I was a teenager in the 1970s. In the 1960s and 1970s we started as a human species to become aware of the frightening effects that our species was having on the viability of the planet. We had an increasing understanding of the effects of pesticides in the environment. We had an increasing understanding of the effects of pollution. We had an increasing understanding of the effects of a burgeoning human population and the effects of our technology on the finite nature of the planet as we became more and more aware of what a fragile, self-contained planet we live on. Of course at that time we started to see an increase in environmental protection laws with the Environmental Protection Agency in the United States and an increased understanding around the world that we needed to take responsibility for what we were doing or we would end up with nothing.
It is with great alarm that I see we are going backwards at a rate of knots at the moment. I have to pinch myself sometimes and question: is there something I am missing? Is it in fact that these days we need fewer protections than we were putting in place in the 1960s and 1970s? Is it that we have sorted these problems? Is it that we can be complacent now about the risks to our current generation and the future generations that will be inheriting the earth from us? Of course not. There is a change, a short-sightedness and I think in some ways nihilism now. There is a sense that we need to give in to certain hedonism and we cannot be making those responsible decisions that we were previously making.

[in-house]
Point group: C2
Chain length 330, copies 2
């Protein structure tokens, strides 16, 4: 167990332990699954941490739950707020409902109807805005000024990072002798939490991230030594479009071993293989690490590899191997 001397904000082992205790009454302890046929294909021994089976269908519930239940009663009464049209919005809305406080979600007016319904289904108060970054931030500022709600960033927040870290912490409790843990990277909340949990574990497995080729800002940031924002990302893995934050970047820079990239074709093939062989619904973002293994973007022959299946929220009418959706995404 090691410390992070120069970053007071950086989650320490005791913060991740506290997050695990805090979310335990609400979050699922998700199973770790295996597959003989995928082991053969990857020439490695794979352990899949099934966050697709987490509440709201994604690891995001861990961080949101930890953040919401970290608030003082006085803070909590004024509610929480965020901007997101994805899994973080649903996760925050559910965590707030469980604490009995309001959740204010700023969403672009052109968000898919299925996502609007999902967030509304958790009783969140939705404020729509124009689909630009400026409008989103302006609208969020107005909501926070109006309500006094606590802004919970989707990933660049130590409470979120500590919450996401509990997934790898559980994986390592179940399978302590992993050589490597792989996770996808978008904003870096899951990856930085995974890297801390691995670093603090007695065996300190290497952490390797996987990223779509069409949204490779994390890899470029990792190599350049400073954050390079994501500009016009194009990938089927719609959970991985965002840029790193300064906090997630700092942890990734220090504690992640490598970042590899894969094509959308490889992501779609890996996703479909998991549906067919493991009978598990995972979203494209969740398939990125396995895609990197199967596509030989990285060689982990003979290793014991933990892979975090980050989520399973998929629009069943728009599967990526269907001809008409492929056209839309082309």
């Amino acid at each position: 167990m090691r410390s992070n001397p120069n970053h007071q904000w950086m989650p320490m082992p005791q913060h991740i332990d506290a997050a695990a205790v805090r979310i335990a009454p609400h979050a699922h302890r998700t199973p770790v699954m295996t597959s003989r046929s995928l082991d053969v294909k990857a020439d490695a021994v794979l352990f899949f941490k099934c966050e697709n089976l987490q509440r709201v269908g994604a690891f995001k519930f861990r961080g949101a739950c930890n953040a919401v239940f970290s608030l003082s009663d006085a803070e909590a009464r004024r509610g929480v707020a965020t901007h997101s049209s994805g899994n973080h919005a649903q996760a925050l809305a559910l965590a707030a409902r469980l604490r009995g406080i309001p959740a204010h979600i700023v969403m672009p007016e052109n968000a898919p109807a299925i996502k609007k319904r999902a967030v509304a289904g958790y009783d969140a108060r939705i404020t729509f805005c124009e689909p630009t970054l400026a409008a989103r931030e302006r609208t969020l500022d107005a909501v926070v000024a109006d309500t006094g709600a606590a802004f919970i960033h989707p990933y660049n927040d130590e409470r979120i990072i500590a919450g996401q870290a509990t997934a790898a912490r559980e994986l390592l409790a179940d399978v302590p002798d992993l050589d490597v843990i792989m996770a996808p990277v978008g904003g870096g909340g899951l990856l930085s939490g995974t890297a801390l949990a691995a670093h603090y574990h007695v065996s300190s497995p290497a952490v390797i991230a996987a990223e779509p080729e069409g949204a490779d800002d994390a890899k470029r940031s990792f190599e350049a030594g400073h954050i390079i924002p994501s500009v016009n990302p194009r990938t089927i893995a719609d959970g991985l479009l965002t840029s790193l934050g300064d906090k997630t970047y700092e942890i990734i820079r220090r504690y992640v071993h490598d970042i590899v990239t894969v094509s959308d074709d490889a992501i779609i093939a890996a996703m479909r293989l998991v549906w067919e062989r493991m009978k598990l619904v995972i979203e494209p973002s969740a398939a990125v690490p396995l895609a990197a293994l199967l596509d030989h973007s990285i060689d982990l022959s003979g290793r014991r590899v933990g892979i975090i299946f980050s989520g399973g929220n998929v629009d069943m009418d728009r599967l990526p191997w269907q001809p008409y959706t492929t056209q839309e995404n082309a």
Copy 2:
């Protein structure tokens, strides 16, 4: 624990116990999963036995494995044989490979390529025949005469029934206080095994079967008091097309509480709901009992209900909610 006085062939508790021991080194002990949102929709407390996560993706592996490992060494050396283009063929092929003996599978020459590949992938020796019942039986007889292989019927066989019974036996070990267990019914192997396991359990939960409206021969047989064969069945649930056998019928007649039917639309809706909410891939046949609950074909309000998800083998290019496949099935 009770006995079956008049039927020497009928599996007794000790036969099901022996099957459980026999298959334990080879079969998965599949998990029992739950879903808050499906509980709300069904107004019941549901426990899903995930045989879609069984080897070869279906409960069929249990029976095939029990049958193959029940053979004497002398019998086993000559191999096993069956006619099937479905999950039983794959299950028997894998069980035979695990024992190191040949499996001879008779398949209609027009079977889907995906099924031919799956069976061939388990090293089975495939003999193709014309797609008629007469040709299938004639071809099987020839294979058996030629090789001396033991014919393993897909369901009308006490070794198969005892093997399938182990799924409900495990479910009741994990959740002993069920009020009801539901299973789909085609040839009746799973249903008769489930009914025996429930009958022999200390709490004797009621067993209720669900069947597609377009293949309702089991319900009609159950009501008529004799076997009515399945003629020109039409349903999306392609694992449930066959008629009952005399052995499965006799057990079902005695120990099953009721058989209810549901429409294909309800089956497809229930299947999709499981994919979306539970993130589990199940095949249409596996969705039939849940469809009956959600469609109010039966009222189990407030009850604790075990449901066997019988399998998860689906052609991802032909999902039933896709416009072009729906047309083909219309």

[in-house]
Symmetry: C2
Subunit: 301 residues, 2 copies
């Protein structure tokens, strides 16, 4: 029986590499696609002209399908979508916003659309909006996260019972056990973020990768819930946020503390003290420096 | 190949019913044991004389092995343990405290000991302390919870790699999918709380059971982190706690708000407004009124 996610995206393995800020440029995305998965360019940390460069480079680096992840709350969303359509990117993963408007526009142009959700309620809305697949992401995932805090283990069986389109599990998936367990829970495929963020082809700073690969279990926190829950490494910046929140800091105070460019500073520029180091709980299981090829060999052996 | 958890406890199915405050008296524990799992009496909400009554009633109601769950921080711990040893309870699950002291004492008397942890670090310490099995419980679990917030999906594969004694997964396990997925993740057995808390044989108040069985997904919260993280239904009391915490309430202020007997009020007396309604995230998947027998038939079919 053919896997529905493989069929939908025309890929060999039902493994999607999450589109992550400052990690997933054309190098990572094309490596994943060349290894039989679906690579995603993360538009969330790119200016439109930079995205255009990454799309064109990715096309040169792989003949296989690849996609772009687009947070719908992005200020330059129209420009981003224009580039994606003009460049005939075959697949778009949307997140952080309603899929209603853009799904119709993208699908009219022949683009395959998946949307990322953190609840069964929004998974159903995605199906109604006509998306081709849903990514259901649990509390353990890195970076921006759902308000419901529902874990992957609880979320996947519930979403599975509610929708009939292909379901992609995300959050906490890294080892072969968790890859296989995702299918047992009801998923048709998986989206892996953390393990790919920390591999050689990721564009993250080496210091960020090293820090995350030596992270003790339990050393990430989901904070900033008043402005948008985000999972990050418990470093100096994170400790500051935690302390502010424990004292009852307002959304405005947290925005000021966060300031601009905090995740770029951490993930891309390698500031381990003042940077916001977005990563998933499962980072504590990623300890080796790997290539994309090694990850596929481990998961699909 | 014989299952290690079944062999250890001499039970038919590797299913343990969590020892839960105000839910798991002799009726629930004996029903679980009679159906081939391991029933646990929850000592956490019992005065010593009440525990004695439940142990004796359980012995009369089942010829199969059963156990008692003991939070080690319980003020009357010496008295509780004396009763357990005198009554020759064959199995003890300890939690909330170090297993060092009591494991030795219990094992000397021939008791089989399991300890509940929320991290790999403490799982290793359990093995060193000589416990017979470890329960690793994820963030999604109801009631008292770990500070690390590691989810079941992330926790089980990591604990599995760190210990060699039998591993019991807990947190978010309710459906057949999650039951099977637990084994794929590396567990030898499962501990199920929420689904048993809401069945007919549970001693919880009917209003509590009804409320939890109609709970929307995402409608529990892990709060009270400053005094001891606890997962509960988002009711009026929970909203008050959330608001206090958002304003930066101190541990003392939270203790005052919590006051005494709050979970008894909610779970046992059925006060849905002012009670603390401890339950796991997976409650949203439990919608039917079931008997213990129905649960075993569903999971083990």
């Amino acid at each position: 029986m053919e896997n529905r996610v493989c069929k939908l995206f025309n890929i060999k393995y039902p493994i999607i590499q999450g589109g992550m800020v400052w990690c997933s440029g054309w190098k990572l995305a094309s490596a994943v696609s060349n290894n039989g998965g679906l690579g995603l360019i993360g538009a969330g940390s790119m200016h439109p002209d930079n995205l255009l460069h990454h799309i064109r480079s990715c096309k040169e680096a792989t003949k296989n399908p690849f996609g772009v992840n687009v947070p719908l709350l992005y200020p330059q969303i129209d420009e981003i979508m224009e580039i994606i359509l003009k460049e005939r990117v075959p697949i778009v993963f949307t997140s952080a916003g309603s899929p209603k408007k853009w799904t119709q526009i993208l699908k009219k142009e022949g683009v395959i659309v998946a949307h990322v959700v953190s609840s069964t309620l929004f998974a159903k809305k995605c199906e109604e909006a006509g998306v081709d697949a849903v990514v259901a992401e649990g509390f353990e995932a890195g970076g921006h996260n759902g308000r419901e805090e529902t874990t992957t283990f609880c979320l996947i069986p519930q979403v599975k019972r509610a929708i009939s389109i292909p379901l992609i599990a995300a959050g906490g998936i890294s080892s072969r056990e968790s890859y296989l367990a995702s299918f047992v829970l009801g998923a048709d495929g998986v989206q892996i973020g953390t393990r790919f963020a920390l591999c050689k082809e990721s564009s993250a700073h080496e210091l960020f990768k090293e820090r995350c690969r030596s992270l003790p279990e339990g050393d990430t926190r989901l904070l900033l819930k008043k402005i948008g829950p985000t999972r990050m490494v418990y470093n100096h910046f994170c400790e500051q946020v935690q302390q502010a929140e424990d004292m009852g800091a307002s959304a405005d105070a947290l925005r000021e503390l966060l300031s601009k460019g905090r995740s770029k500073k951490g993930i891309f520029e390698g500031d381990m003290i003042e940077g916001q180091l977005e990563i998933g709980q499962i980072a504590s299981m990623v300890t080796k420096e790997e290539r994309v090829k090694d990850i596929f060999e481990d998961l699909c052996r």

I will cut to the chase because absolutely nothing in this bill will protect the environment. Instead it is very clear that this bill will fast-track damaging projects and leave a legacy that will be mourned by Australians in the future as they tally up the damage. The Australian Greens have long supported a strong role for the Commonwealth in protecting the Australian environment. That is because it is in our national interest to have robust national environmental protections to fulfil our international obligations, to protect nationally significant matters and—one of the basic reasons we needed the national government to step up to protect the environment—to mitigate the risk of the development auctions that occur when states offer the lowest common denominator of environmental protections to the highest bidders.